In developments that appear to mirror the lawful access debate in Canada, legislators in France have introduced a bill that would allow government officials access to people’s online data without the need of court approval.
The country’s 2014-2019 Defence Appropriation Bill has a rider that would require Internet service providers and content hosting companies to provide government officials access to details of a user’s online activity without oversight. If the bill becomes law, it would also broaden the number of government officials who could access personal online data.
In Canada, privacy advocates last months raised warnings that a bill introduced by the Conservative government, ostensibly to combat cyber bullying, contains provisions that would make it easier for Canadian ISPs to voluntarily permit authorities to conduct online surveillance and metadata collection without a court order. Some observers went so far to say that the so-called proposed anti-cyber bullying bill had little to do with cyber bullying at all.
Privacy and consumer rights proponents like Michael Geist, University of Ottawa e-commerce and law professor, argued that Bill C-13, the Protecting Canadians from Online Crime Act has similar features to those of the 2012 proposed Bill C-30, the protecting Children from Internet Predators Act which had lawful access provisions.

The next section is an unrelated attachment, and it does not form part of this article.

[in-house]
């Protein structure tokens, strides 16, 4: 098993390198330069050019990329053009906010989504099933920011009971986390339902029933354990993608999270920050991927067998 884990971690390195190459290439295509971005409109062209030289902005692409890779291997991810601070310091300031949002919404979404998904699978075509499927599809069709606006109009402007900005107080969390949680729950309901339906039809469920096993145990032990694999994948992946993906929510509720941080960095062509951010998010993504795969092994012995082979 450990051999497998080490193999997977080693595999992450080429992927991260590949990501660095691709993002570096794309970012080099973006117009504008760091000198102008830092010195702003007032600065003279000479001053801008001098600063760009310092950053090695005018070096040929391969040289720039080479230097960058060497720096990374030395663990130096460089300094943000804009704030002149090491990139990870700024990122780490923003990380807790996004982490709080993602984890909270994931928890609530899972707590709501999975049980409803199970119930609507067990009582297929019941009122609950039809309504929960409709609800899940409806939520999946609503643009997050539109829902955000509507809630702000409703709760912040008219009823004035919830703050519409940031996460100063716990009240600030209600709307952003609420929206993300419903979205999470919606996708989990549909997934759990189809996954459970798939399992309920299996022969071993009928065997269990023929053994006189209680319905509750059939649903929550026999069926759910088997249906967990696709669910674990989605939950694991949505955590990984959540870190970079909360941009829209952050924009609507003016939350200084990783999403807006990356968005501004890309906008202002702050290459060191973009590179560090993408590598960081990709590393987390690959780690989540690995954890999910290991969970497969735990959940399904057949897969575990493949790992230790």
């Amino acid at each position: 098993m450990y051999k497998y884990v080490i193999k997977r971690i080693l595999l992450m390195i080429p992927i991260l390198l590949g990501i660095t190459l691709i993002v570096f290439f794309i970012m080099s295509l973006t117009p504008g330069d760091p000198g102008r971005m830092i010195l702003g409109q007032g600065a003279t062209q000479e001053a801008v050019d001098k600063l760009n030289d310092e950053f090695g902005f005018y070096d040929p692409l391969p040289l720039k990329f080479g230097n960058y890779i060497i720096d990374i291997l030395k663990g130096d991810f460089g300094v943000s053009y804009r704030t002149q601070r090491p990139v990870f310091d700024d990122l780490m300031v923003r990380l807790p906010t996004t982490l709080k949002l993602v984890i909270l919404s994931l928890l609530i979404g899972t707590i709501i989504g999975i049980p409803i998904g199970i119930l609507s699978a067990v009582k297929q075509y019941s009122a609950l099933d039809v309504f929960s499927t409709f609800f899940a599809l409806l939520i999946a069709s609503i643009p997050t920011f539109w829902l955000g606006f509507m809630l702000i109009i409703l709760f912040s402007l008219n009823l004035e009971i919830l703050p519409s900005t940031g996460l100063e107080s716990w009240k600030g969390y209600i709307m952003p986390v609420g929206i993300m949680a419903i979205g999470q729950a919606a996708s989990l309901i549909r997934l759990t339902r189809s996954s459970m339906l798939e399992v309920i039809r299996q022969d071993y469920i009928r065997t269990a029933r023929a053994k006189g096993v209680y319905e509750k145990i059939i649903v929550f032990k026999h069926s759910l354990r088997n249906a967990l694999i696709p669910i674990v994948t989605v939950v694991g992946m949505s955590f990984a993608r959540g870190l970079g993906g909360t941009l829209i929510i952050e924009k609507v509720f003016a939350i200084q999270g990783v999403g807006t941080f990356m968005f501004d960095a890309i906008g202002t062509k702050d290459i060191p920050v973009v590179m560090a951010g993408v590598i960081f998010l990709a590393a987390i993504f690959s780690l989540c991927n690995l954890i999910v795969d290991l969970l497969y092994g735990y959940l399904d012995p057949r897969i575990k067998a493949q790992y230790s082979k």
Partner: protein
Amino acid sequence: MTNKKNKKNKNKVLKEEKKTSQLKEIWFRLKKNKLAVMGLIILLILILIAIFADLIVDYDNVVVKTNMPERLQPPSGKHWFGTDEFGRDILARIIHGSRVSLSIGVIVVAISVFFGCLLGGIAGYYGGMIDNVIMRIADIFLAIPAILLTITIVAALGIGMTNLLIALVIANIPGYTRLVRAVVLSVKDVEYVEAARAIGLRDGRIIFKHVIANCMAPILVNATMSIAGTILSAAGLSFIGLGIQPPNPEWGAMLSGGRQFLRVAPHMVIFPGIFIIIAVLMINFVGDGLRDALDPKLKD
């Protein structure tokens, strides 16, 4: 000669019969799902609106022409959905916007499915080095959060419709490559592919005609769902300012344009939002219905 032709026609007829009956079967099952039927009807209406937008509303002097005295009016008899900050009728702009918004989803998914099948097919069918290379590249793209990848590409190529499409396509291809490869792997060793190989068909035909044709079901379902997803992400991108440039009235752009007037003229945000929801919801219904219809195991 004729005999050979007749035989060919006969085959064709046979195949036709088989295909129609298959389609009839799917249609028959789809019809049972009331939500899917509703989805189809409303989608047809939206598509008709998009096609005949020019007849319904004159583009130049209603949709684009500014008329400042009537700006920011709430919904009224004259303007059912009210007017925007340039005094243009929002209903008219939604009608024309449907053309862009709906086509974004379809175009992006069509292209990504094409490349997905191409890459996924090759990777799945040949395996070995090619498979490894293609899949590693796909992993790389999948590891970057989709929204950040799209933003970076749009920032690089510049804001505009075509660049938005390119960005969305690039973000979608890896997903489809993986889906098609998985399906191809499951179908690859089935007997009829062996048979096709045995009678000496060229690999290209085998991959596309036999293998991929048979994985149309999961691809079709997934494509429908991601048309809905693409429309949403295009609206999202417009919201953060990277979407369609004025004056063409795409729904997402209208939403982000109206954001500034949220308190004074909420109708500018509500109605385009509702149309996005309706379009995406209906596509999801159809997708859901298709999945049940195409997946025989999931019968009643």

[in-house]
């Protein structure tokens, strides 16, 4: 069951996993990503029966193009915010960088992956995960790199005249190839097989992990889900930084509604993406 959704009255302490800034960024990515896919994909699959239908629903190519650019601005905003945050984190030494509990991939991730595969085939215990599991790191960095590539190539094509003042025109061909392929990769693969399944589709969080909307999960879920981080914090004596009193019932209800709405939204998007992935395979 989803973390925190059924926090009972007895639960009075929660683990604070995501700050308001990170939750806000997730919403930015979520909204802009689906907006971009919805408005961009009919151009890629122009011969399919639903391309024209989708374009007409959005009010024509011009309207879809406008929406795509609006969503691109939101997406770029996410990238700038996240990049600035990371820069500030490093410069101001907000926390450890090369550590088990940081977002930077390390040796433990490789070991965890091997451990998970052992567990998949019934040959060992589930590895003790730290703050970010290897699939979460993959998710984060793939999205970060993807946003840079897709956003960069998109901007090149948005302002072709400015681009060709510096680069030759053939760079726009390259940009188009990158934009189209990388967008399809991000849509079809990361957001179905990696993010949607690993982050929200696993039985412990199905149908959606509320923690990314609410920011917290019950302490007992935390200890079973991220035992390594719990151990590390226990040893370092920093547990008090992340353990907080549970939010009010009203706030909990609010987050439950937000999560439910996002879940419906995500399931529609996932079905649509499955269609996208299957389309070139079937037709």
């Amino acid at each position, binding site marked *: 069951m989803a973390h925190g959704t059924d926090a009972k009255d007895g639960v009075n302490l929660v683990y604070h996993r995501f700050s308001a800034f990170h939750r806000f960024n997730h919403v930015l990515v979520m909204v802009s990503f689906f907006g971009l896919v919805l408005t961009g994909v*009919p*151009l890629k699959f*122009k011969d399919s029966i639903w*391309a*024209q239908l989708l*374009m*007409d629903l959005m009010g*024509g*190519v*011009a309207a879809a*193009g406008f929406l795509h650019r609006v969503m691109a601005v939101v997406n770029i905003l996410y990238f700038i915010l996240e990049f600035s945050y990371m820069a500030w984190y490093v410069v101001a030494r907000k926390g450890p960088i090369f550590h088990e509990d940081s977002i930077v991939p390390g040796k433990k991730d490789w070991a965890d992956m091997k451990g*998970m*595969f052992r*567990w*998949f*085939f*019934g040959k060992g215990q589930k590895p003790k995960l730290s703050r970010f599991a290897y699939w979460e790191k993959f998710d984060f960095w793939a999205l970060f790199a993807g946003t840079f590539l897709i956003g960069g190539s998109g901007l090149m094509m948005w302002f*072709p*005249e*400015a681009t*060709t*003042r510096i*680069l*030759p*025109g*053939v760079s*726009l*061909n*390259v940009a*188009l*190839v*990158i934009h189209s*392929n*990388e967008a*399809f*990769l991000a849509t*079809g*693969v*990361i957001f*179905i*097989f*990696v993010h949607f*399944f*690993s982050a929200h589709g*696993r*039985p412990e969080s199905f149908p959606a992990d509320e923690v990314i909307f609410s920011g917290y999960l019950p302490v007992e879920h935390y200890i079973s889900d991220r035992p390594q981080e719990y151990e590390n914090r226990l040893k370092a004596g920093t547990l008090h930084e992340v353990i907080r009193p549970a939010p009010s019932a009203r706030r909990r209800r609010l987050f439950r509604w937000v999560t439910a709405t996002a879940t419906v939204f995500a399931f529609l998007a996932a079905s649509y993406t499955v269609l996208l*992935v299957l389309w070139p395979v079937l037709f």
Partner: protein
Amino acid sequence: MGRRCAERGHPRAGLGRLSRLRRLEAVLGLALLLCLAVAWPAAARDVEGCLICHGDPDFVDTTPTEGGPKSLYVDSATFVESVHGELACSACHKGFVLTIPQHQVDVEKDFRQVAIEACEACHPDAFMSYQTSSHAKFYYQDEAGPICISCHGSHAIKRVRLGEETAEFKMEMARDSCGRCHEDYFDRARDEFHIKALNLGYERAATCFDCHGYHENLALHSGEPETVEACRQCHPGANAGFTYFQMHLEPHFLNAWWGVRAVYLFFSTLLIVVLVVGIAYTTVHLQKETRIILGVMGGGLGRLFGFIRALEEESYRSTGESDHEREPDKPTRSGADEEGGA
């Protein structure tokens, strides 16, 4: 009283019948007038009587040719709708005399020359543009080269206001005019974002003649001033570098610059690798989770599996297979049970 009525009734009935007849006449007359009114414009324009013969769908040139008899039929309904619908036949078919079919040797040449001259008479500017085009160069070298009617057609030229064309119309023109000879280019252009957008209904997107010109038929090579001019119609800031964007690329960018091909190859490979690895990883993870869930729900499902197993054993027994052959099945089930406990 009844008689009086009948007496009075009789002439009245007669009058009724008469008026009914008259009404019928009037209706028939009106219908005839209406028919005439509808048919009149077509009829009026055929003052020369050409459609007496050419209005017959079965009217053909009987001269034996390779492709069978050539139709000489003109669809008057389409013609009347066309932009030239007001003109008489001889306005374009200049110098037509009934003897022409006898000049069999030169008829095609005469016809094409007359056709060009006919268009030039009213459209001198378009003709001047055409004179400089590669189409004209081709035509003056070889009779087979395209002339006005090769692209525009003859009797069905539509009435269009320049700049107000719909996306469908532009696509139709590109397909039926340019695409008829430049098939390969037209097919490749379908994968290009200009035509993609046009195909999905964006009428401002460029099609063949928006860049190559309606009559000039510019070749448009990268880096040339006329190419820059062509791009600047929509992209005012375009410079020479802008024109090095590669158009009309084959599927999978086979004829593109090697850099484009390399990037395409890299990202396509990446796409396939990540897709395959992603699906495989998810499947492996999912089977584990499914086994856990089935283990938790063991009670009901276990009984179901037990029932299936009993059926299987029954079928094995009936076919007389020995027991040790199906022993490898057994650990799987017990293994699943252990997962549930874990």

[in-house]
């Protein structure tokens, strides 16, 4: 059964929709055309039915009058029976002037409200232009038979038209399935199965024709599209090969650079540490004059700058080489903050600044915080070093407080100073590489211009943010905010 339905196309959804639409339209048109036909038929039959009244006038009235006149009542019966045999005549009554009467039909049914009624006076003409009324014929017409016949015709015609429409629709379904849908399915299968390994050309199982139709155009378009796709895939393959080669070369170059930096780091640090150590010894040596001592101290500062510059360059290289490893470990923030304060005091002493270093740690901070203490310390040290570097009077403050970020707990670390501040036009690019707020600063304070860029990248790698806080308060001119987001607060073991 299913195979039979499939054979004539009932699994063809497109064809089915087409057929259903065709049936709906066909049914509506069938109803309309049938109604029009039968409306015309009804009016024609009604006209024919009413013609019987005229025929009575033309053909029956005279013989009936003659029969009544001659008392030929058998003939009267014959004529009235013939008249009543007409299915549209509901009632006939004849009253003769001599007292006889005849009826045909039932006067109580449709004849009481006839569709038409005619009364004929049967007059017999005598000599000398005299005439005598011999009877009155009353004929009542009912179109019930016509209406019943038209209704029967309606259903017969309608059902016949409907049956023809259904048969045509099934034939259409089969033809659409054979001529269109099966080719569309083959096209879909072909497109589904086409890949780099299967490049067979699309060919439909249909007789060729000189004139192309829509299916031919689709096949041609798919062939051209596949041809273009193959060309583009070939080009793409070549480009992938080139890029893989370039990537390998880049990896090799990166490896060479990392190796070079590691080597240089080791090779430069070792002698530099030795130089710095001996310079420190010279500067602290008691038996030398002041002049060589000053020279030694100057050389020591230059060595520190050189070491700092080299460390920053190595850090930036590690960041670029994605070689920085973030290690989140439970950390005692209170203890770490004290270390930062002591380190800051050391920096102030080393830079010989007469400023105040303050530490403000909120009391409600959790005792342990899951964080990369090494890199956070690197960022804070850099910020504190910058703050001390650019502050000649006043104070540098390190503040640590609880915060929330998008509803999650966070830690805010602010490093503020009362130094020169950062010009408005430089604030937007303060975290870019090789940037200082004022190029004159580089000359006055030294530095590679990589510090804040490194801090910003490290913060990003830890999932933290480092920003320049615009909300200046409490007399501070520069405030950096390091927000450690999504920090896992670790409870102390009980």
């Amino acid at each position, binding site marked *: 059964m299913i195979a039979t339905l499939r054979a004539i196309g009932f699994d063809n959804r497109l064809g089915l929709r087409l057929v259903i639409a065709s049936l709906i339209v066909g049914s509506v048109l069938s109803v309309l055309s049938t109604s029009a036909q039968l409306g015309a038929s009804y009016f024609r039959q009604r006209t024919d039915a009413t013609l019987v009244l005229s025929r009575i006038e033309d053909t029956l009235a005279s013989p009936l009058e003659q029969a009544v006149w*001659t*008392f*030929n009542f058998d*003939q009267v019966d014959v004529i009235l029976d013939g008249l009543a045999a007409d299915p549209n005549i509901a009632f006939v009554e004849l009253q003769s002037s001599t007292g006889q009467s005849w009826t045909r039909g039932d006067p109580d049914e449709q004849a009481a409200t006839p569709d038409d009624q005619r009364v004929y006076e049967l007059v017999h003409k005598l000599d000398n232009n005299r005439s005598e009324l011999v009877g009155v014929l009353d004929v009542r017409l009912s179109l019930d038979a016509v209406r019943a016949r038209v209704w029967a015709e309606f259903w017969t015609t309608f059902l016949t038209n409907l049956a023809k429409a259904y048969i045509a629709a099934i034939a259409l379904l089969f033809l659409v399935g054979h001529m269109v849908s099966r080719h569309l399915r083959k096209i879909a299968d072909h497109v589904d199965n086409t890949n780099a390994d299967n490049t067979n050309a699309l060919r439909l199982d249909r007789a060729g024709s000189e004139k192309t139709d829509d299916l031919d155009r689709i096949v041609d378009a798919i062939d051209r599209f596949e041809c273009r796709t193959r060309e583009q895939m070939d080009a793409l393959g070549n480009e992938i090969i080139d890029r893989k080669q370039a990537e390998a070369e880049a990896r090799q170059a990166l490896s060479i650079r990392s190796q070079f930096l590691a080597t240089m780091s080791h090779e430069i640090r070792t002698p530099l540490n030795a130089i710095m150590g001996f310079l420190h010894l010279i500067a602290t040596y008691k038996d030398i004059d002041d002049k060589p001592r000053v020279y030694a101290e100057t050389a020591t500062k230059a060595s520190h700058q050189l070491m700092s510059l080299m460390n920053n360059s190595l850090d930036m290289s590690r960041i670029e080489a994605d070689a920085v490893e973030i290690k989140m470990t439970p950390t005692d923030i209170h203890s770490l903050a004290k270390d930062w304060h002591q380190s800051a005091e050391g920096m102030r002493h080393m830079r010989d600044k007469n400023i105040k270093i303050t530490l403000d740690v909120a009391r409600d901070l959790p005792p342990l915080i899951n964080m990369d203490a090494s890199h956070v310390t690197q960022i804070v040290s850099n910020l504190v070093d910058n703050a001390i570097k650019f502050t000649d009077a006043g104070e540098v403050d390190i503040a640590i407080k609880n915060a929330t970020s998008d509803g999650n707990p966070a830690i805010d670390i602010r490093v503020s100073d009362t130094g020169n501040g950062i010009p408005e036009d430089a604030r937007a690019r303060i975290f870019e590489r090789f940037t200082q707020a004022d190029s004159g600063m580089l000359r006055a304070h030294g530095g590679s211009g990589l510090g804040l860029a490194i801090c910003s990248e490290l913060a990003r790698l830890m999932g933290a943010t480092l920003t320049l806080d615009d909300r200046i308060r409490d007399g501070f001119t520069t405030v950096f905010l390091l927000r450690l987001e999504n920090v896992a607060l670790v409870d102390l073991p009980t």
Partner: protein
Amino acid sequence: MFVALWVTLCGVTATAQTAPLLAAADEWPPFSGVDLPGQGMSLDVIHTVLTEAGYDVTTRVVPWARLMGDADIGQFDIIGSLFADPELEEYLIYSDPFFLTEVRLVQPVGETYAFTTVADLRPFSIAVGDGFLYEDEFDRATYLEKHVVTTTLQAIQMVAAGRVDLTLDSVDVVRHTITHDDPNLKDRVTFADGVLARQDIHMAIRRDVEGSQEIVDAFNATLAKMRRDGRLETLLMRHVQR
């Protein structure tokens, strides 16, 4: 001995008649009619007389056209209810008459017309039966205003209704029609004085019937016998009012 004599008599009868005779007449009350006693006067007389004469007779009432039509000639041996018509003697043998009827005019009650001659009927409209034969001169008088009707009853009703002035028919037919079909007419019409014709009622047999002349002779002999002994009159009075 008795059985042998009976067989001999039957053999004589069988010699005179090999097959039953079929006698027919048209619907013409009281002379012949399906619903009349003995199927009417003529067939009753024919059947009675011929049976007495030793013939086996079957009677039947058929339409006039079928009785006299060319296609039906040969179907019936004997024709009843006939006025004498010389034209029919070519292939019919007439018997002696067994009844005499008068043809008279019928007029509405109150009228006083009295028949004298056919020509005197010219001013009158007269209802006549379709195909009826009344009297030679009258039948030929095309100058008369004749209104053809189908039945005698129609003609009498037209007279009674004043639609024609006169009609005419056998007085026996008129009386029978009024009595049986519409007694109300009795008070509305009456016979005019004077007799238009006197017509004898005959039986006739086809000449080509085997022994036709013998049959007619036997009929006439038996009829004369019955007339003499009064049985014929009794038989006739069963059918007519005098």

Under the French appropriations bill, requests for access to personal online data could be approved by an appointee of the Prime Minister for a period of up to 30 days, renewable on demand. The request could be made by officials of the Ministries of Defence, the Interior or Finance. Requests will be reviewed after the fact by a committee that audits wiretapping orders.
The proposed bill was attacked by Renaissance Numerique, a think tank whose board members include the director of public and legal affairs for Microsoft France and the institutional relations manager of Google France.
The organization said, the proposed bill is antidemocratic because broadens the government’s ability to collect Internet users’ data with the approval or a judge and further weakens existing controls on accessing people’s personal online data.